> Completely agreed. I think this is the heart of the matter -- coming from a
> perspective of having to provide a full and complete migration of all data in
> MARC records into an equivalent structure does result in relying almost
> exclusively on string authorities, as MARC does, rather than on identifiers.
> However, if the intent is to transition (slowly and appropriately) away from
> strings and towards identifiers and linked data, then it would seem logical to
> me to build that transition into model early.  For example, ensuring that all of
> the relationships still work when the object has a global, unique URI and that
> doesn't result in unintended collisions or semantic inconsistency (as I try to
> get at in the Identifiers discussion).
> Currently, Bibframe has, as far as I can tell:
> -----
>   _:LotR a bf:Work ;
>       rel:cre _:bfauth .
>   _:bfauth a bf:Person ;
>       bf:hasAuthority _:lcnaf .
>   _:lcnaf a madsrdf:PersonalName ;
>       madsrdf:identifiesRWO _:Tolkien .
>   _:Tolkien a foaf:Person ;
>       foaf:lastName "Tolkien" .
> -----
> To get from a Work to the actual Person.
> One could imagine instead changing the structure around a bit, while still
> maintaining all of the information:
> -----
>   _:LotR a bf:Work ;
>       rel:cre _:Tolkien .
>   _:Tolkien a foaf:Person ;
>       foaf:lastName "Tolkien" ;
>       bf:hasNameAuthority _:lcnaf ;
>       bf:hasReference _:marc .
>   _:lcnaf a madsrdf:PersonalName .
>   _:marc a bf:CatalogResourceInfo ;
>       bf:value "Tolkien, J.R.R" .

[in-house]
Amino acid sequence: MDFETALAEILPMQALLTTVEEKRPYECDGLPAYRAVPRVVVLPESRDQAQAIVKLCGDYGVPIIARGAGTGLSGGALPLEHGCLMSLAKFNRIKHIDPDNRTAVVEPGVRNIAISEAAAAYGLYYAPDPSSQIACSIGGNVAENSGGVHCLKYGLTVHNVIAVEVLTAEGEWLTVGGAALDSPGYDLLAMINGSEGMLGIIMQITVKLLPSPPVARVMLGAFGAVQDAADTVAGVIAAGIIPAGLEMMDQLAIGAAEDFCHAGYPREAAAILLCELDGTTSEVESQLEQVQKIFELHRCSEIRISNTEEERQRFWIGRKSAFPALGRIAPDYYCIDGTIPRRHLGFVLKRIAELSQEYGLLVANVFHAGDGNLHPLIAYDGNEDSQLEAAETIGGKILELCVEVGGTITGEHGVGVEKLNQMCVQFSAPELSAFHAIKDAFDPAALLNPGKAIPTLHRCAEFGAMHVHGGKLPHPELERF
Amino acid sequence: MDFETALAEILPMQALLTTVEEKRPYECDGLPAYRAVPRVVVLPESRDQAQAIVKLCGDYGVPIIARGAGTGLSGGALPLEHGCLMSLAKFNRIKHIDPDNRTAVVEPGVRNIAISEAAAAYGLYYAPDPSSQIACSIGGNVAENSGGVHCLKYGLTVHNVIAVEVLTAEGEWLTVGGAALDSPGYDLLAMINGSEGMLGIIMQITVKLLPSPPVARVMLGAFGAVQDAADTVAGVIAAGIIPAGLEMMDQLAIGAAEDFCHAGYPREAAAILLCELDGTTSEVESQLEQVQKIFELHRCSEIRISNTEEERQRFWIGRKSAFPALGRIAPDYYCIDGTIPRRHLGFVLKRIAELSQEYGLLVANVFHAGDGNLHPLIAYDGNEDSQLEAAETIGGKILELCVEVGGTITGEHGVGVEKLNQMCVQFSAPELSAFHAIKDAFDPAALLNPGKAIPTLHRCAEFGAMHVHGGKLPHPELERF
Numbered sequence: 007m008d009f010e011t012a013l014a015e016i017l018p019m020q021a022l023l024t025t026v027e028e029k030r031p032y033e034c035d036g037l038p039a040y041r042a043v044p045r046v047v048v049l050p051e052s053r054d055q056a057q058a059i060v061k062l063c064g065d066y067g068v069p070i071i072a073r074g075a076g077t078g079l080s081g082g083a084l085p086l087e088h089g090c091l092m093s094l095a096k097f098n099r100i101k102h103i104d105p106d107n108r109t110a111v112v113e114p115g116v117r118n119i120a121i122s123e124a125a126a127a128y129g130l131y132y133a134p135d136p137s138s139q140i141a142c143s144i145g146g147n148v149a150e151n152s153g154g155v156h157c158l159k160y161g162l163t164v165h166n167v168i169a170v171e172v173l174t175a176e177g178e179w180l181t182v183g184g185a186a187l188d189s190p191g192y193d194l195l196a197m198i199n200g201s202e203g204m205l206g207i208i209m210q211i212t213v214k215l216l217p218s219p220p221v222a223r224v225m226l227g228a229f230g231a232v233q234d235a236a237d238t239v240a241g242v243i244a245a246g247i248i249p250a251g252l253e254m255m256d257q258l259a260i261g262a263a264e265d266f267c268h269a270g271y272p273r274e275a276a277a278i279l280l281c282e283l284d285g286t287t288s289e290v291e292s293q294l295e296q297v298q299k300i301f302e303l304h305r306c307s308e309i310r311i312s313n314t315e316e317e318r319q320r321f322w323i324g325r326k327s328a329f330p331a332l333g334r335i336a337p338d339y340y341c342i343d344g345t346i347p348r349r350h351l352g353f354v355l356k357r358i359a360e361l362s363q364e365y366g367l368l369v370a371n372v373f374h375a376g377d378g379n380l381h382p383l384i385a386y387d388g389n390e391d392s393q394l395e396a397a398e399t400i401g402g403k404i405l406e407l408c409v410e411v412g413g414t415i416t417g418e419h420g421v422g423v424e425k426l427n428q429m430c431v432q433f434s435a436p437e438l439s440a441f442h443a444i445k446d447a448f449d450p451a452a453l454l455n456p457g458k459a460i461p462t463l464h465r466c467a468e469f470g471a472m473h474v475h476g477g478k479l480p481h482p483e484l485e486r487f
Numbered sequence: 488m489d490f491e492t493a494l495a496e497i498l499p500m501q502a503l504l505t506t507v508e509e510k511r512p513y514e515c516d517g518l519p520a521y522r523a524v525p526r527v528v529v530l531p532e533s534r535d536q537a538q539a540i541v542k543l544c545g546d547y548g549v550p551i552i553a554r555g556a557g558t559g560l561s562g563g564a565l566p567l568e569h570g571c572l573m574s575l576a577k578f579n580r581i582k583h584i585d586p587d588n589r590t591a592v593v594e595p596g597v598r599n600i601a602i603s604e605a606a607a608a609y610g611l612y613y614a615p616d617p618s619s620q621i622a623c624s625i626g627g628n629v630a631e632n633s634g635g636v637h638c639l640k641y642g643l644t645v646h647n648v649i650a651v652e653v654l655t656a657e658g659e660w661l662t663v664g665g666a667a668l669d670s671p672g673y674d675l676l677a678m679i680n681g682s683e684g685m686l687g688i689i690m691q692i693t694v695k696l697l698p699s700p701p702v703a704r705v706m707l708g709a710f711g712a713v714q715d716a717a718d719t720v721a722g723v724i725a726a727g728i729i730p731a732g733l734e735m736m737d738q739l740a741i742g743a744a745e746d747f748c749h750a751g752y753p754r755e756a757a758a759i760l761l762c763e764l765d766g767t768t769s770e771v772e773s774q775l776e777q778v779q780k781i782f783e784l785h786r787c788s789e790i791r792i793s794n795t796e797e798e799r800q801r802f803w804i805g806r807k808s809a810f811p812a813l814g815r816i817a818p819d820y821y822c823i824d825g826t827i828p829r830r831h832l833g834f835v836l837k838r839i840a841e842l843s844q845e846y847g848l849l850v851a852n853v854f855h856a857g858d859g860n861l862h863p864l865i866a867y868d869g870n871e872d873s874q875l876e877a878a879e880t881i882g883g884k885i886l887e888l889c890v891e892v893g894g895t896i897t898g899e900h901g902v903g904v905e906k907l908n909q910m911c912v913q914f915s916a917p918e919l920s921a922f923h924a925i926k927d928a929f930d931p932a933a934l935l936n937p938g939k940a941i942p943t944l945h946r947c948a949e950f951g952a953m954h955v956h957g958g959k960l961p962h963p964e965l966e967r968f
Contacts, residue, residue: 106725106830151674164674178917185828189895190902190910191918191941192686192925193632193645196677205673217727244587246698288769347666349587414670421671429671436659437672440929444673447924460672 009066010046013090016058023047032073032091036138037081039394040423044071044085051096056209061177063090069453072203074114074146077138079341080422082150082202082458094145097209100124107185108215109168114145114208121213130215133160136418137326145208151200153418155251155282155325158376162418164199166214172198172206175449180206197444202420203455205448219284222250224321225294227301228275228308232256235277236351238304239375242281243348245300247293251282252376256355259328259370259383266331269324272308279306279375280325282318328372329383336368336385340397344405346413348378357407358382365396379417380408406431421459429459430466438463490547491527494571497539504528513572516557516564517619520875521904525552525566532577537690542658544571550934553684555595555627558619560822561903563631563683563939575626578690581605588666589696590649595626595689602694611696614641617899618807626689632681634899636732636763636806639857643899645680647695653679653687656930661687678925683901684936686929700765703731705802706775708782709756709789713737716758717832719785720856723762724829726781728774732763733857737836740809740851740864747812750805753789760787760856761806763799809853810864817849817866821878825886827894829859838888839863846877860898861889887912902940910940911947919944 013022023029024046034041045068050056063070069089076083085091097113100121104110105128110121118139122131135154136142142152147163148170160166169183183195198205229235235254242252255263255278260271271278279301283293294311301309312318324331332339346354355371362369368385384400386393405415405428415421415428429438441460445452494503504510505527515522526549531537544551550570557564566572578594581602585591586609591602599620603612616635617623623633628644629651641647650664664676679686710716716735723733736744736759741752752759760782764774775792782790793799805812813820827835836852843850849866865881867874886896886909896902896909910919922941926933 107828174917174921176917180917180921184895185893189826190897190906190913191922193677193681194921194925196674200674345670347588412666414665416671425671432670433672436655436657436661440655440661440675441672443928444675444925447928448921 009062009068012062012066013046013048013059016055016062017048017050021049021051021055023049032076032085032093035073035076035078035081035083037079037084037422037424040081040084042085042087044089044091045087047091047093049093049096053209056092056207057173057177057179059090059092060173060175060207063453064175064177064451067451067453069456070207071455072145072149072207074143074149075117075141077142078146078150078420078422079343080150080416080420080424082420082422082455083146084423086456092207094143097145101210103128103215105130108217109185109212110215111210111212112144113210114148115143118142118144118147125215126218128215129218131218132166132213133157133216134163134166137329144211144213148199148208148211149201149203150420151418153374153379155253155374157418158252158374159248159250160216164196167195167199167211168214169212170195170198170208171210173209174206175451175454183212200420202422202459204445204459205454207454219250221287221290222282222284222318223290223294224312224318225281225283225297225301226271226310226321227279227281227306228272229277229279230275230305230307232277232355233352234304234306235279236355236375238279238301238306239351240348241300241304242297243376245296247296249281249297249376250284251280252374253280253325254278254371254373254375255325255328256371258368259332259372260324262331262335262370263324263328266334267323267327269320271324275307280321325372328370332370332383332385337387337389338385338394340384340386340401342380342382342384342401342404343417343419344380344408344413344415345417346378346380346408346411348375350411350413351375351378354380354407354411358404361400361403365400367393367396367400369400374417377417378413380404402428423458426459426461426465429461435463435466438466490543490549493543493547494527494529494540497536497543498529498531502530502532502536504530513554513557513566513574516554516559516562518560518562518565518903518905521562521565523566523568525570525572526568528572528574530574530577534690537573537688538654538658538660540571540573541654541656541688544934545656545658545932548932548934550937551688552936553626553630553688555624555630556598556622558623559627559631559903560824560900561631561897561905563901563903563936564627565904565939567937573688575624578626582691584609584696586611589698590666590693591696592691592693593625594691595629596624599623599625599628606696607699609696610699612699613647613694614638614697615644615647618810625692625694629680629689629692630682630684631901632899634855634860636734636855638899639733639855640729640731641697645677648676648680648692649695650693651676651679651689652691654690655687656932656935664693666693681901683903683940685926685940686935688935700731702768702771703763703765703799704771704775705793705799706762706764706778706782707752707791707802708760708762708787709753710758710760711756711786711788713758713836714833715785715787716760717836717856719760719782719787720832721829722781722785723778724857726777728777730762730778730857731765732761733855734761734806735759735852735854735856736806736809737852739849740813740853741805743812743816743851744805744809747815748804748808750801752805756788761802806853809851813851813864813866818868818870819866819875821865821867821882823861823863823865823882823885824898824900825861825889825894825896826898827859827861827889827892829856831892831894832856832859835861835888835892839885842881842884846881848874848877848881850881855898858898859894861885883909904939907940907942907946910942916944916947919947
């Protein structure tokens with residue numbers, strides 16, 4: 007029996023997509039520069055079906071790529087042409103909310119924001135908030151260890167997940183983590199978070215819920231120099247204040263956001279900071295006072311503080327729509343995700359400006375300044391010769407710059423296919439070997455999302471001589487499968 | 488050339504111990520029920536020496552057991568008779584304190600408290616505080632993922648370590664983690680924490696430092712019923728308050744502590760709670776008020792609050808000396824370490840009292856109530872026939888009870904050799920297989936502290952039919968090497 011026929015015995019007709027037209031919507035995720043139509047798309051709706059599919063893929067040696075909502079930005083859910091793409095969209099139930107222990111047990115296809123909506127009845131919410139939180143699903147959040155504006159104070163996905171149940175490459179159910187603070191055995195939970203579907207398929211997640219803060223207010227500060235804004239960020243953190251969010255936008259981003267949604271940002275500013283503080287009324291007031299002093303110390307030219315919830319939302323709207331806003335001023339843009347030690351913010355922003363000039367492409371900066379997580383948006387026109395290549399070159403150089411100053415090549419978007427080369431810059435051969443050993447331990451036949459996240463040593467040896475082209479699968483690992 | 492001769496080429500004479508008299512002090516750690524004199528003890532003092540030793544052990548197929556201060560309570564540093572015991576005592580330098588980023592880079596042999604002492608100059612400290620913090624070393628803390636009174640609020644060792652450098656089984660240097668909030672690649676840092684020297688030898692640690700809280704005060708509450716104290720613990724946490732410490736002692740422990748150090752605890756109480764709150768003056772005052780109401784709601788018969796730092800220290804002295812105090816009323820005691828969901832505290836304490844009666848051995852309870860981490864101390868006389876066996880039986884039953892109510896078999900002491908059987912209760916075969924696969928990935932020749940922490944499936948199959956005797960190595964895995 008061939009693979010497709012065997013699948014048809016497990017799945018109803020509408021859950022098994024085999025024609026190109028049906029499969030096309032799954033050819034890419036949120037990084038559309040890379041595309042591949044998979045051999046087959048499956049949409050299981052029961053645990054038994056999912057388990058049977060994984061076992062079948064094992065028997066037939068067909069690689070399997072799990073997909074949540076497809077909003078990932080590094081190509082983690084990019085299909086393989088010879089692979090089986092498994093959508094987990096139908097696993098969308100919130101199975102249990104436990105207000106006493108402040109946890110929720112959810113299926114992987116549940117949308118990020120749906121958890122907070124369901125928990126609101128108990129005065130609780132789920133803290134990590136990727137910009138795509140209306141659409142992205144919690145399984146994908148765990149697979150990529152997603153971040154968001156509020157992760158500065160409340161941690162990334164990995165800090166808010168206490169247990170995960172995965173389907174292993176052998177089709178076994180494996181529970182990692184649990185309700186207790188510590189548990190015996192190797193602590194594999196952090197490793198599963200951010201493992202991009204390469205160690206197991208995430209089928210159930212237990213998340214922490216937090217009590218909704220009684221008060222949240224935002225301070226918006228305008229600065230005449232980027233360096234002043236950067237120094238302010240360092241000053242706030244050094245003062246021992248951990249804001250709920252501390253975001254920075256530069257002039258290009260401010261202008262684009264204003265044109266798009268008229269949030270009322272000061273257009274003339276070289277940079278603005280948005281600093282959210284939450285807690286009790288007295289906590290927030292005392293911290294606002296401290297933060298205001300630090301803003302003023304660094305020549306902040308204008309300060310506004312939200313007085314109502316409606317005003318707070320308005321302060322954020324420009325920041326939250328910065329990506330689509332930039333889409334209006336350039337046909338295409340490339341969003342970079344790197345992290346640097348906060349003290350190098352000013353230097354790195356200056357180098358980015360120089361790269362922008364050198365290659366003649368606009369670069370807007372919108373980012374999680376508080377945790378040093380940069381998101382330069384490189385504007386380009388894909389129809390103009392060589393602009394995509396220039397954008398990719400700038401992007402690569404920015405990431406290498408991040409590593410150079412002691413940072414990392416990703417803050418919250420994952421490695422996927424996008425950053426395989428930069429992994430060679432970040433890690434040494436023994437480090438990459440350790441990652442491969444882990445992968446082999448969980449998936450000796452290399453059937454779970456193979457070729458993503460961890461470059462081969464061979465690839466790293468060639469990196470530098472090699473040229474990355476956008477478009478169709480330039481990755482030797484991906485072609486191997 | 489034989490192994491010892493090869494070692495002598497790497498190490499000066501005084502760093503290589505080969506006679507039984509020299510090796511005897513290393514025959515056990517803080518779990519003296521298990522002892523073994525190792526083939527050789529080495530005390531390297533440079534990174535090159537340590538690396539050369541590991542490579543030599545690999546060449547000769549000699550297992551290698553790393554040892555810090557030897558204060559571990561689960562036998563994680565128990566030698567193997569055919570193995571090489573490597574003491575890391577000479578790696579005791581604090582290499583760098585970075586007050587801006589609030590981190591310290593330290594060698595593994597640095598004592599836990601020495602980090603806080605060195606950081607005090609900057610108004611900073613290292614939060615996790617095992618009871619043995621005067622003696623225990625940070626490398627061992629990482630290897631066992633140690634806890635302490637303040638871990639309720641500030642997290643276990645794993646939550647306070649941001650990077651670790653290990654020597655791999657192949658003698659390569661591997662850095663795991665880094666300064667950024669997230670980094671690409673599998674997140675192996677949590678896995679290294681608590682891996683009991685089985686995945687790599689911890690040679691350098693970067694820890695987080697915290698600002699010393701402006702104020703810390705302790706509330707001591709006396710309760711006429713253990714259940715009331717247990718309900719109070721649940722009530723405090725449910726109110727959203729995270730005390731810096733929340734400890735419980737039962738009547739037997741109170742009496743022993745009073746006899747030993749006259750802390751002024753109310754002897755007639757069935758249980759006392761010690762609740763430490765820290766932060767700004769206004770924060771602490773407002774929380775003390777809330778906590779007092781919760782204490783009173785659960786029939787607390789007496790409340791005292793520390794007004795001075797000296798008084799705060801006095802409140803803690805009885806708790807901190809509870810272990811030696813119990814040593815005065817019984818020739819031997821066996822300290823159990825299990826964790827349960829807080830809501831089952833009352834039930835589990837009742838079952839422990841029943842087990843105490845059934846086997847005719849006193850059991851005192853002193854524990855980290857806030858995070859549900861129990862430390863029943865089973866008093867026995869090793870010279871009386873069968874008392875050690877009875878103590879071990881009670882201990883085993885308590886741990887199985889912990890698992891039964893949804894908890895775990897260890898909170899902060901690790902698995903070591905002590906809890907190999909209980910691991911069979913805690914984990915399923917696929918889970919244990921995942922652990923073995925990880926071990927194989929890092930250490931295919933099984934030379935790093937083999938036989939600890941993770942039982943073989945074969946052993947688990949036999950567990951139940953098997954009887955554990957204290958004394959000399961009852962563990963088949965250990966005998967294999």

> -----
> Today, the _:Tolkien node would be a blank node or perhaps a locally defined
> and maintained URI. In the future, when there are well known identifiers for
> people, the additional references could be dropped or maintained as desired:
> -----
>   _:LotR a bf:Work ;
>       rel:cre <person:TolkienJRR> .
>   <person:TolkienJRR> a foaf:Person ;
>       foaf:lastName "Tolkien" ;
>       (and as above plus additional as desired) .
> -----
> This allows other institutions to also contribute their information about the
> agent (or other entity with an authority record) to the pool of human
> knowledge, by using the global URI for the entity and making assertions
> about it.  In the current structure, that information gets lost, and I consider
> that a shame as the library world has a long and rich tradition of knowledge
> management that I hope will help shape the way Linked Data moves
> forwards, rather than trying to compete with it and inevitably being drowned
> out.
> I hope that helps, and look forwards to further constructive discussion :)
> Kind regards,
> Rob

Rob Sanderson
Technology Collaboration Facilitator
Digital Library Systems and Services
Stanford, CA 94305